The New York Times reports: Can one of the most promising — and troubled — technologies for fighting global warming survive during the administration of Donald J. Trump?
The technology, carbon capture, involves pulling carbon dioxide out of smokestacks and industrial processes before the climate-altering gas can make its way into the atmosphere. Mr. Trump’s denial of the overwhelming scientific evidence supporting climate change, a view shared by many of his cabinet nominees, might appear to doom any such environmental initiatives.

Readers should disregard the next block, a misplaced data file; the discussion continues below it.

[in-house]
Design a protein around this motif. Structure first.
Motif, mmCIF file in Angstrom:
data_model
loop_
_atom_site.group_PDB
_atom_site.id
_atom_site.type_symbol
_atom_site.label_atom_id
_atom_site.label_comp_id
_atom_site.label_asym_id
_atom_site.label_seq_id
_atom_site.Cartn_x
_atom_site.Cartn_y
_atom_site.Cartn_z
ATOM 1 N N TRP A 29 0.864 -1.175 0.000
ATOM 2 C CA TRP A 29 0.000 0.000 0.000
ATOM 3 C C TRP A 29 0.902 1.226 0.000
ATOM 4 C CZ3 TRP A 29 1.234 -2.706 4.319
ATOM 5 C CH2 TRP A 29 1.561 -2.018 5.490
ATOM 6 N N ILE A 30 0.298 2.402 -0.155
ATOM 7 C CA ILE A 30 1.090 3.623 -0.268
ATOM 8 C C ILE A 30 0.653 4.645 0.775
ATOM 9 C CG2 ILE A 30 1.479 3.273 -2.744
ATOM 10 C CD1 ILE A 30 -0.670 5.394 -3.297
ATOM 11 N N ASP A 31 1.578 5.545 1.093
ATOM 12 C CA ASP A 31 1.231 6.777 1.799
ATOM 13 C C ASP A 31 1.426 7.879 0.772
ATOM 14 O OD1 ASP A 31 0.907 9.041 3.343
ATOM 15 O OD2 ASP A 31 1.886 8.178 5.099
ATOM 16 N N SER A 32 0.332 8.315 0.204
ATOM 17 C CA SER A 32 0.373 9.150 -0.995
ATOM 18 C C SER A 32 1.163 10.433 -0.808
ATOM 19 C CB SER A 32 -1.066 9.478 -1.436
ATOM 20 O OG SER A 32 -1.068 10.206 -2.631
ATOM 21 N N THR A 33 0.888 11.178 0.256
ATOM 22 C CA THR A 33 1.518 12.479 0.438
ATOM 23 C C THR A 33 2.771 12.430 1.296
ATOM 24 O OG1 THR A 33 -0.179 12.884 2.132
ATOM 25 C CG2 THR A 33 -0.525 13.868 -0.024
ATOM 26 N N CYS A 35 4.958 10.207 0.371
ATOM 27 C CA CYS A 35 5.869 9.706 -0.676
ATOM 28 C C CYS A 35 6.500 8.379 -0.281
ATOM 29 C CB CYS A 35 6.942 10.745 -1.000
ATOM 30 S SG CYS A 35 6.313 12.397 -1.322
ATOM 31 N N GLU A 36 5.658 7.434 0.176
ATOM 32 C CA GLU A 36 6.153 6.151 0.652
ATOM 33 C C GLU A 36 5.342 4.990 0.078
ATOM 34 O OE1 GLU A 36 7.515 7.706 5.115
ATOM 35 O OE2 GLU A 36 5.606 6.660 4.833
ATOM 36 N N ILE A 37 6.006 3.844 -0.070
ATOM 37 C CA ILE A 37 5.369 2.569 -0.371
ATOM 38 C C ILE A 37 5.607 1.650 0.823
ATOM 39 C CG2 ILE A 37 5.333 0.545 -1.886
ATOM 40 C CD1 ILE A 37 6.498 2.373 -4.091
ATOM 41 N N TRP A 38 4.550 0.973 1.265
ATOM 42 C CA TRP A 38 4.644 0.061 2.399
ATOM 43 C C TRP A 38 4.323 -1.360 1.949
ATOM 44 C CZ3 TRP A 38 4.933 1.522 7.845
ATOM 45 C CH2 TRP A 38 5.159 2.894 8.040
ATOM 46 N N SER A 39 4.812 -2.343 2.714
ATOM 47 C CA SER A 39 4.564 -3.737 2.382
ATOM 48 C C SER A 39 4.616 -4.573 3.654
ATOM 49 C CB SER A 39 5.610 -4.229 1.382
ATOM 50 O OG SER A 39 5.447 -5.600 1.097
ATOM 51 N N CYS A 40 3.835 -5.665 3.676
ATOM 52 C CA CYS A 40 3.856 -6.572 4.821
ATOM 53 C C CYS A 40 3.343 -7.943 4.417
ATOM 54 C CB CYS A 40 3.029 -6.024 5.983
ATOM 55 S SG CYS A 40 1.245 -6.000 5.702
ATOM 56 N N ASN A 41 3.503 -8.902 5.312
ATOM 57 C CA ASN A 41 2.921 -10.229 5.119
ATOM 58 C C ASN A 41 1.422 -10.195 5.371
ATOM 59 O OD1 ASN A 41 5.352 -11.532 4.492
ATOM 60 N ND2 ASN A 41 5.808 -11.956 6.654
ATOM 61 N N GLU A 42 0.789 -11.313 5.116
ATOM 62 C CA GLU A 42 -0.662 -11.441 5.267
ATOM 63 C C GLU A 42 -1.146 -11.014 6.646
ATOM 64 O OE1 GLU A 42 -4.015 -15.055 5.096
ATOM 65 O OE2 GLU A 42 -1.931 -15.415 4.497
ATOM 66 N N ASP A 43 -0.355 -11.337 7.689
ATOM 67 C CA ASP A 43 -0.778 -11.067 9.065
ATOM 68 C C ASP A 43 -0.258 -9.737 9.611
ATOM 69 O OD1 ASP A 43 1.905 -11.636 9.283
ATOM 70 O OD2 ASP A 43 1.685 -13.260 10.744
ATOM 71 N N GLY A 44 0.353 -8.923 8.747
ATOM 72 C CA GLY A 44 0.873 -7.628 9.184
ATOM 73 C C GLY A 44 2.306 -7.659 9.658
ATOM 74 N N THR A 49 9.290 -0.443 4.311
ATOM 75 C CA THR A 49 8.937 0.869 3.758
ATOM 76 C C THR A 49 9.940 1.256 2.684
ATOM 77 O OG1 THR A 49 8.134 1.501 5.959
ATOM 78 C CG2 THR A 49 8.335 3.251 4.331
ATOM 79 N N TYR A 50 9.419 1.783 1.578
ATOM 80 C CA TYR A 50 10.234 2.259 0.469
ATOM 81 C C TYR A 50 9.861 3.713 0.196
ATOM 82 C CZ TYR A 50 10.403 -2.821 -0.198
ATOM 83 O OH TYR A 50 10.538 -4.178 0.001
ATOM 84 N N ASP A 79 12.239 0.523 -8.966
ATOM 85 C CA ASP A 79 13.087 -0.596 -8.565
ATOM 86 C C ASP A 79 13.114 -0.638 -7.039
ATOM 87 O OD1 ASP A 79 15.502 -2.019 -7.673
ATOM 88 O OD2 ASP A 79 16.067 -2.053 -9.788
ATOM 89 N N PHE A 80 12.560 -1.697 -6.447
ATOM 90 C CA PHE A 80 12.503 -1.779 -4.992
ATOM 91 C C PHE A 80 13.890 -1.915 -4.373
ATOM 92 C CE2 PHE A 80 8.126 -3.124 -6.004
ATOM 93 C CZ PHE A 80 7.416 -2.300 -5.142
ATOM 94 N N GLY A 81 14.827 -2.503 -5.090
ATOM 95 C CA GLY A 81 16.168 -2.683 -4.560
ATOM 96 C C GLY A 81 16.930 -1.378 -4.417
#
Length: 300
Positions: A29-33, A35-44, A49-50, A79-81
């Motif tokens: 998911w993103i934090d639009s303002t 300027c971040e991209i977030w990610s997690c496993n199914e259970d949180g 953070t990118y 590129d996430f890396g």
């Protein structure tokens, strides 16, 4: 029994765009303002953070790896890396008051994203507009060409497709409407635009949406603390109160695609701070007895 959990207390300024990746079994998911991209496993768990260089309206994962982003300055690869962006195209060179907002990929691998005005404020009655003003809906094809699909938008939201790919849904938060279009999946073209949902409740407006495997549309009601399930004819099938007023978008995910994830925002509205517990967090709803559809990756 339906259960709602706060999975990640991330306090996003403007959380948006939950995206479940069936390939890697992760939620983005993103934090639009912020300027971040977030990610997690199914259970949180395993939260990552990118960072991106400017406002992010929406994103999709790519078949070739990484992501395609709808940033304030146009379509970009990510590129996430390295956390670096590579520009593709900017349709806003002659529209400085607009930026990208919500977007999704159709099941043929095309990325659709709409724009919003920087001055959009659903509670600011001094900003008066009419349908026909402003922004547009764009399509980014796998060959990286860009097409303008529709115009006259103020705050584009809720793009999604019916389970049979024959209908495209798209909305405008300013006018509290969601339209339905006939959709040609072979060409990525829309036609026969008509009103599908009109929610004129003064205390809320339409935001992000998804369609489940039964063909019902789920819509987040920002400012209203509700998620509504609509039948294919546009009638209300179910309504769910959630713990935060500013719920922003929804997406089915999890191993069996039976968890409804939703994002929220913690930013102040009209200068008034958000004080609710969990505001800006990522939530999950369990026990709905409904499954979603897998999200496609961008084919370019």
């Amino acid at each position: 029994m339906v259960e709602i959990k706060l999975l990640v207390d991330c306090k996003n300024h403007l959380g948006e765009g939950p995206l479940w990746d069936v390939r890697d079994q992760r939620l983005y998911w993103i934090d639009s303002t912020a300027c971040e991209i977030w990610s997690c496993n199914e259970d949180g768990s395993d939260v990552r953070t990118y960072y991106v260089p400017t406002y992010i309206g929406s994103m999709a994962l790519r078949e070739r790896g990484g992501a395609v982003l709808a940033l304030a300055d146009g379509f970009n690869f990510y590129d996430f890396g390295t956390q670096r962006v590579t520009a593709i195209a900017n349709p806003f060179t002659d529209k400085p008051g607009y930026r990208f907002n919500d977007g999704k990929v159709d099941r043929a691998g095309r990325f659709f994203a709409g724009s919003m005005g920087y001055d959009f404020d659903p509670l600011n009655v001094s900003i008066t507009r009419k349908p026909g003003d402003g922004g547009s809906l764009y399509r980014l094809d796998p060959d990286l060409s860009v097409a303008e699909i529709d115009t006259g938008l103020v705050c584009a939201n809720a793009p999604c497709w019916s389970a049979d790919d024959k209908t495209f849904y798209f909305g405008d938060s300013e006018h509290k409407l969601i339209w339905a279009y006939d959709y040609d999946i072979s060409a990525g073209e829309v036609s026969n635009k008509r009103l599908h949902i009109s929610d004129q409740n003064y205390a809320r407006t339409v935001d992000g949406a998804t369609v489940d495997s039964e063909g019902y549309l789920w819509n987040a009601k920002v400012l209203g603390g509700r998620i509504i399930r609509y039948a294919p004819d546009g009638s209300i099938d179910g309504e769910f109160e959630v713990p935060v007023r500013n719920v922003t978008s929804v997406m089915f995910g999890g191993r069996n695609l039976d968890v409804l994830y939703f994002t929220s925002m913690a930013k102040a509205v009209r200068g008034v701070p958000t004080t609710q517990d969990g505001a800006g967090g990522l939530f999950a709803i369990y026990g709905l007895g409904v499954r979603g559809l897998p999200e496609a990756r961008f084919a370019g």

But the new Petra Nova plant about to start running here, about 30 miles southwest of Houston, is a bright spot for the technology’s supporters. It is being completed essentially on time and within its budget, unlike many previous such projects. When it fires up, the plant, which is attached to one of the power company NRG’s hulking coal-burning units, will draw 90 percent of the CO2 from the emissions produced by 240 megawatts of generated power. That is a fraction of the roughly 3,700 megawatts produced at this gargantuan plant, the largest in the Lone Star State. Still, it is enough to capture 1.6 million tons of carbon dioxide each year — equivalent to the greenhouse gas produced by driving 3.5 million miles, or the CO2 from generating electricity for 214,338 homes. [Continue reading…]